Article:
Yes, Internet, I have a six month-old. Nobody ever tells you how quickly they grow up.
I'm kidding, of course. Everyone tells you how quickly they grow up. You just don't believe it right at first. "The days are long, but the years are short," they say. Right at first, I'd tell myself that the nights were long but the years were short because I needed to reassure myself that we wouldn't be up every two hours for the rest of my life. I wondered right at first how it was that anyone ever voluntarily had a second baby.
But the months are short.
From about three and a half months to four and a half, Jo slept through the night almost every night. She's only done it a handful of times since then, thanks mostly to the cold that would not end, though travel, learning to roll to her belly, and what the internet tells me are likely sleep regressions around four and six months played in as well. But still, I'm typically back to sleep in under an hour and sometimes much less, unlike in the newborn days. And thanks to a new pre-nap routine and a little gentle nap training (the Pick Up/Put Down method) she generally takes two good naps a day. Not today, mind you, but generally.
For a while there, I was spending a lot more of my day trying to get her to nap than she was spending actually napping. This led to some of my lowest parenthood moments thus far. The moments when I realized that I needed to put my baby down in her crib and walk away. She was crying, yes (as likely was I) but she was in a safe place. Safe from herself, but also from me. It was a thoroughly humbling moment when I admitted to myself: I have the capacity to hurt my child. I believe all parents have these moments, which is what keeps me from feeling like a monster. That and having always made the decision in the moment to keep her safe, take a breath, and do the next right thing. Mostly this looked like giving up on the nap and bringing her downstairs to play. Once it was waking Raj up in the middle of a work night to try to put her down because I was too frustrated to keep trying myself.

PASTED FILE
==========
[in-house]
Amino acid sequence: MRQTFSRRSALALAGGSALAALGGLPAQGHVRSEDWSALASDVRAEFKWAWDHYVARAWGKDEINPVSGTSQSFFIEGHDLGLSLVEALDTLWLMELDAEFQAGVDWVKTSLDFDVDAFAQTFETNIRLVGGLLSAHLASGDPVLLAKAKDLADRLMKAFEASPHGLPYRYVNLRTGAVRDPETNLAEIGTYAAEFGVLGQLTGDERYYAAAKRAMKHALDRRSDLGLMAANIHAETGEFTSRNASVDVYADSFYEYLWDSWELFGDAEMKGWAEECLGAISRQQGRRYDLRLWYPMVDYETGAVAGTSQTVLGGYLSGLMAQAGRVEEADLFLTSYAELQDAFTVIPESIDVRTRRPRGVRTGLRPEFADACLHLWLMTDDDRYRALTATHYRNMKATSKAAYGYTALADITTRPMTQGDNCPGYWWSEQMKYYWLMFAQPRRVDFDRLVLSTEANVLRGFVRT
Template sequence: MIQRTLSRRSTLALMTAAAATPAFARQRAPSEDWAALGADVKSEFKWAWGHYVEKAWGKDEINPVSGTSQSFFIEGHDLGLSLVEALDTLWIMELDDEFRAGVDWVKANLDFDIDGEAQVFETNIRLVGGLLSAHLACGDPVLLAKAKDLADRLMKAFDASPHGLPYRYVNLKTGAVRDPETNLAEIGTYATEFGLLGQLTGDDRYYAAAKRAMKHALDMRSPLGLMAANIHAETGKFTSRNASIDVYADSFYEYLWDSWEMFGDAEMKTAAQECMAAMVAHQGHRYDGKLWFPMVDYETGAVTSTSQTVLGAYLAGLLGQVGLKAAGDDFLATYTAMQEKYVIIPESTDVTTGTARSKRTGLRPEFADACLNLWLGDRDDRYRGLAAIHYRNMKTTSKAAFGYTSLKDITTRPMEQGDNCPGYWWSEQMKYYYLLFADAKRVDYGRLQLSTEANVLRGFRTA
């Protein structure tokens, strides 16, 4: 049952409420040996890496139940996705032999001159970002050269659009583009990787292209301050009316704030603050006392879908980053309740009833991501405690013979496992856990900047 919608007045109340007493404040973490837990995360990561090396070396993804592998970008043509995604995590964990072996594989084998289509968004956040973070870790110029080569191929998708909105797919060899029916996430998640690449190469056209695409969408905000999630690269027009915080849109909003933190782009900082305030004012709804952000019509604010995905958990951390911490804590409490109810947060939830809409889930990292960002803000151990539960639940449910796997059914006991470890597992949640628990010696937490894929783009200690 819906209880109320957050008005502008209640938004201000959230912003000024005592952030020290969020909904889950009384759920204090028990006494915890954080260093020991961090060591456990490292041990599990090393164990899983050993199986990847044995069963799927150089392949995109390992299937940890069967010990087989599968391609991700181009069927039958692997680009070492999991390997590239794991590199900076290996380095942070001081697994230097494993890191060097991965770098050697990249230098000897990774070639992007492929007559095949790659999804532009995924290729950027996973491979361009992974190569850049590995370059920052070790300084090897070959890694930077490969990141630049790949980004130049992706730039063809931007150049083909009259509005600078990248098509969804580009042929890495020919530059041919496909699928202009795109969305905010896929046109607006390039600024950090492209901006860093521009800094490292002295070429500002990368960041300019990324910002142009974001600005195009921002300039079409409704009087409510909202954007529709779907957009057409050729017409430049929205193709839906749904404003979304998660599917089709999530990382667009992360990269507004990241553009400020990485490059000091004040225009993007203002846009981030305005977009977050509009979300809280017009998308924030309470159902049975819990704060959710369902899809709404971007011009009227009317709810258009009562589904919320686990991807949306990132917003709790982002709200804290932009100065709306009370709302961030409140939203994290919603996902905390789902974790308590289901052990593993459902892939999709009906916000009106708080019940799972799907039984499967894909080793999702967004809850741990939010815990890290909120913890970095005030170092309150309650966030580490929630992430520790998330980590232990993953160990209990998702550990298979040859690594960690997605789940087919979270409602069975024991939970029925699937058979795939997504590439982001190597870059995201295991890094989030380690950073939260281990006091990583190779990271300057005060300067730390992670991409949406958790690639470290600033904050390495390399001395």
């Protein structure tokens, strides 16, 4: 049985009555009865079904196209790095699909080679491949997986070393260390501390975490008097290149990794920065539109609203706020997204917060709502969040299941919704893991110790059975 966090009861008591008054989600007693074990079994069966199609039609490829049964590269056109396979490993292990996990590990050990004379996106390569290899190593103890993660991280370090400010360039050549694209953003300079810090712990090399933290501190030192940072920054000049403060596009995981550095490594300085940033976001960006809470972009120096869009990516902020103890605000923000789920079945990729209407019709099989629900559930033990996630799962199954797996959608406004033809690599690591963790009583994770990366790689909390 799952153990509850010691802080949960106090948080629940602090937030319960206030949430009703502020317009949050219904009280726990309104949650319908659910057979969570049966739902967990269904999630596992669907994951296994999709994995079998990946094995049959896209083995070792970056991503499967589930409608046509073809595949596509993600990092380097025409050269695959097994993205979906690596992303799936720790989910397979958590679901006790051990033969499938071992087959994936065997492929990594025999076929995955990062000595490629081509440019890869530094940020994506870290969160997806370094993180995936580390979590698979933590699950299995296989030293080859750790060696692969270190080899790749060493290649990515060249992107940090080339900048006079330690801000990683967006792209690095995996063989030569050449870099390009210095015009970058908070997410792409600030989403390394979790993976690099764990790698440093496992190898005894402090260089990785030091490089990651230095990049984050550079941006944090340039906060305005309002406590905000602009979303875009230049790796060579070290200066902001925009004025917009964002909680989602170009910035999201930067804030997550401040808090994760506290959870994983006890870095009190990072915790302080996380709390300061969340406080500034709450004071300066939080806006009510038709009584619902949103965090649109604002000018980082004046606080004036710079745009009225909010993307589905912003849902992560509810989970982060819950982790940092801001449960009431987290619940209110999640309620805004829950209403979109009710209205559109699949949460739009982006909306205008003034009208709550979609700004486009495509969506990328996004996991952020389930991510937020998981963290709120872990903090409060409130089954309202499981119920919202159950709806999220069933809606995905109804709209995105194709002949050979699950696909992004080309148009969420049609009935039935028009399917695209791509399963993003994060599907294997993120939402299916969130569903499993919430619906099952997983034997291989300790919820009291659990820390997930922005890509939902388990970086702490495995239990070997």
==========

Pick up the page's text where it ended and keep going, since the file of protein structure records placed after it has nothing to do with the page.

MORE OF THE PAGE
These are also the moments when I wonder whether I shouldn't go back to work. It's frustrating having the quality of my day rest entirely on the success of Jo's naps. Maybe Jo's naps could be someone else's responsibility (on bad days, I think "someone else's problem") and I could go back to using my professional brain. And back to having things to talk about that are unrelated to whether, when, and how much Josephine sleeps.
But there are so many other moments. She's heavy into her exersaucer these days and gets really intent on whichever part of it she's playing with. But then she'll look up and see me watching her and smile the hugest gummy grin at me.
In those moments, I remind myself that there's a very short window of time during which just seeing me looking at her will make her ecstatically happy. It won't be that long, the years being short and all, before she'll be a preteen whose response to me looking at her will be "WHAT?!?!" Probably with a bonus eye-roll. She'll be little for such a short amount of time that I often have a hard time understanding why I'd spend my day with other people's children to earn money to pay someone else to spend all day with my child. Of course, that's a vast oversimplification. There are arguments on all sides of this issue and I've heard them all and said many of them to myself. I feel certain that no matter which decision I make, I'll continue to feel conflicted and guilty. I don't imagine I'm alone in that.
Did I mention that Jo gives kisses now? She does. It's her wide open mouth pressed against my face, but still it's awfully sweet. She sits up now and will probably be pulling herself up to standing very soon and crawling well before I am ready. She sits in her high chair and eats food and is working very hard on talking. "Such a big girl," I am always telling her.
Half a year old already. They grow up so quickly.